New Targeted Approach Could Prevent Toxicities Associated with Neurological Gene Therapies

Gene Therapy_Compressed

Researchers from Penn Medicine have developed a new targeted approach that modifies viral vectors and inhibits toxicities in the sensory neurons of dorsal root ganglia (DRG) that commonly occur following the use of gene therapy for neurological diseases.

This strategy will likely have several important research and clinical implications, as investigators in the field have worked tirelessly for years to develop safer and more effective gene therapies for neurological disorders. “We believe that this new approach could improve safety in gene therapy universally,” said lead author Juliette Hordeaux, DVM, Ph.D., senior director of Translational Research in Penn’s Gene Therapy Program, in a statement.

Many gene therapies use viral vectors, but these vectors can have adverse neurological effects. While these toxicities have not yet been observed in humans, nonhuman primate studies using adeno-associated viral (AAV) vectors to deliver “corrected” genes via the spinal cord fluid have shown issues of axonal degeneration in spinal cord and peripheral nerve tracts. In these studies, the cause of the issues led back to the DRG, comprising a cluster of neural cells found on the outside of the spinal cord that are responsible for delivering sensory messages.

In a recent paper published in Science Translational Medicine, Dr. Hordeaux and colleagues found a way of modifying these vectors so they ultimately avoid these dangerous side effects. They first found that the toxicities appear to come from overexpression of a transgene in cells in the DRG.

The researchers altered a transgene with a microRNA target that was designed to reduce transgene expression levels in the DRG. Ultimately, this modification eliminated over 80% of the transgene expression and resulted in drastic toxicity reduction in the studied primates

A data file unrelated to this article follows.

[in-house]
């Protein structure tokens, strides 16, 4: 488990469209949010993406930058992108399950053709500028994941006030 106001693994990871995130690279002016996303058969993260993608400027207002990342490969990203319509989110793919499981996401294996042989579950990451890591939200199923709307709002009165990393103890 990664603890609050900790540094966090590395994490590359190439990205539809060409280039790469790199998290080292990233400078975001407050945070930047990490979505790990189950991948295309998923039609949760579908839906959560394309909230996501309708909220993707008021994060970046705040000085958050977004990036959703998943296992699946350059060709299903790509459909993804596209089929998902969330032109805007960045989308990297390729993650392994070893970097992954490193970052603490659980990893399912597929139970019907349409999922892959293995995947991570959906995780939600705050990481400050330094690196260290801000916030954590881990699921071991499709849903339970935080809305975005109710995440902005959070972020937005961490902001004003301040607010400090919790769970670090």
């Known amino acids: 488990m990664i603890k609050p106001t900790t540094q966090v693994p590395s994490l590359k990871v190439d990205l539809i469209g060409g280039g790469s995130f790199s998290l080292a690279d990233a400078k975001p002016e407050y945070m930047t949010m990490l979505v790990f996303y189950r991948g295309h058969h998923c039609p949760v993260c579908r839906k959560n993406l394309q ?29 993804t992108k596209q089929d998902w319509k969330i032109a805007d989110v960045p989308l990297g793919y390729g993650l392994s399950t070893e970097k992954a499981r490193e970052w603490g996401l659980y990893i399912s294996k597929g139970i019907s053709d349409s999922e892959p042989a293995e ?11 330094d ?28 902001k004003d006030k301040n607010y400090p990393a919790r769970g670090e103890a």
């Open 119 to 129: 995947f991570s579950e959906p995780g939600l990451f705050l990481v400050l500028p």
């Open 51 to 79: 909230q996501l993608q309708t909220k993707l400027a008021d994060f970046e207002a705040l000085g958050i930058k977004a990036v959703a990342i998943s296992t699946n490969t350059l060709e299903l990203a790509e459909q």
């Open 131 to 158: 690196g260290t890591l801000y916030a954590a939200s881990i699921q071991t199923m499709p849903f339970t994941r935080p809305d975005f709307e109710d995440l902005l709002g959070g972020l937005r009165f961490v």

“We believe it is a safe, straightforward way to ameliorate the safety of AAV therapy for the central nervous system,” said Hordeaux about the studied modification. “This approach could be used to design other gene therapy vectors to repress transgene expression in the cell types that are affected by the toxicity and not others, which is critical, because you need the expression everywhere else to effectively treat the disorder.”

Senior author of the paper was gene transfer expert James M. Wilson, MD, Ph.D., professor of Medicine and Pediatrics in Penn’s Perelman School of Medicine. Dr. Wilson, who left Solid Biosciences two years ago. Dr. Wilson has been discussing the potential adverse neurological effects of AAV vectors for several years.

Drs. Hordeaux and Wilson injected vectors with and without a microRNA target miRNA183 in mice and primates in the new study. The administration of unaltered AAV vectors led to “robust delivery” of the gene into target tissue as well as toxicities in DRG neurons. These effects occurred without impacting transduction in elsewhere in the brain, according to histological analyses conducted up to 90 days later.

The authors of the study suggest the toxicity of DRGs likely occur in a gene therapy relying on high vector doses or direct vector delivery into the fluid of the spinal cord. “We were concerned about the DRG pathology that was observed in most of our nonhuman primate studies,” noted Wilson. “This modified vector shows great promise to reduce DRG toxicity and should facilitate the development of safer AAV-based gene therapies for many central nervous system diseases.”

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